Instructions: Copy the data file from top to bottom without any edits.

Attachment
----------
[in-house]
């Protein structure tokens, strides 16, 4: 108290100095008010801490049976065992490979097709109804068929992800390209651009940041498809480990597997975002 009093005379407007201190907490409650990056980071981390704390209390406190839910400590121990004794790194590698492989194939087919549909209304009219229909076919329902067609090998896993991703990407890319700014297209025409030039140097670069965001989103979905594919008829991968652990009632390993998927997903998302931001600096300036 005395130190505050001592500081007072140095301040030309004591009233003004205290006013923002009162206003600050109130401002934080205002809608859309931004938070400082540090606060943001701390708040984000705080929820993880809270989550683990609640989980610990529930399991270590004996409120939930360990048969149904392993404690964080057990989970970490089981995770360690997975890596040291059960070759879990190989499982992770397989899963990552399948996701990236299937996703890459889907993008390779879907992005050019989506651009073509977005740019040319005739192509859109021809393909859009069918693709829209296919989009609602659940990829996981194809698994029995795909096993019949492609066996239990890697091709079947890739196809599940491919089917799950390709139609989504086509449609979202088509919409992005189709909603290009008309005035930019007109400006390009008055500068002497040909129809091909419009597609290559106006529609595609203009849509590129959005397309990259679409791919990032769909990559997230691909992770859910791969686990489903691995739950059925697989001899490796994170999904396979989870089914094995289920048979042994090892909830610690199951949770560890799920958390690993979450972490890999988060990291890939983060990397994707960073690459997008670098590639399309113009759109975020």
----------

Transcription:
[in-house]
């Protein structure tokens, strides 16, 4: 108290100095008010801490049976065992490979097709109804068929992800390209651009940041498809480990597997975002 009093005379407007201190907490409650990056980071981390704390209390406190839910400590121990004794790194590698492989194939087919549909209304009219229909076919329902067609090998896993991703990407890319700014297209025409030039140097670069965001989103979905594919008829991968652990009632390993998927997903998302931001600096300036 005395130190505050001592500081007072140095301040030309004591009233003004205290006013923002009162206003600050109130401002934080205002809608859309931004938070400082540090606060943001701390708040984000705080929820993880809270989550683990609640989980610990529930399991270590004996409120939930360990048969149904392993404690964080057990989970970490089981995770360690997975890596040291059960070759879990190989499982992770397989899963990552399948996701990236299937996703890459889907993008390779879907992005050019989506651009073509977005740019040319005739192509859109021809393909859009069918693709829209296919989009609602659940990829996981194809698994029995795909096993019949492609066996239990890697091709079947890739196809599940491919089917799950390709139609989504086509449609979202088509919409992005189709909603290009008309005035930019007109400006390009008055500068002497040909129809091909419009597609290559106006529609595609203009849509590129959005397309990259679409791919990032769909990559997230691909992770859910791969686990489903691995739950059925697989001899490796994170999904396979989870089914094995289920048979042994090892909830610690199951949770560890799920958390690993979450972490890999988060990291890939983060990397994707960073690459997008670098590639399309113009759109975020």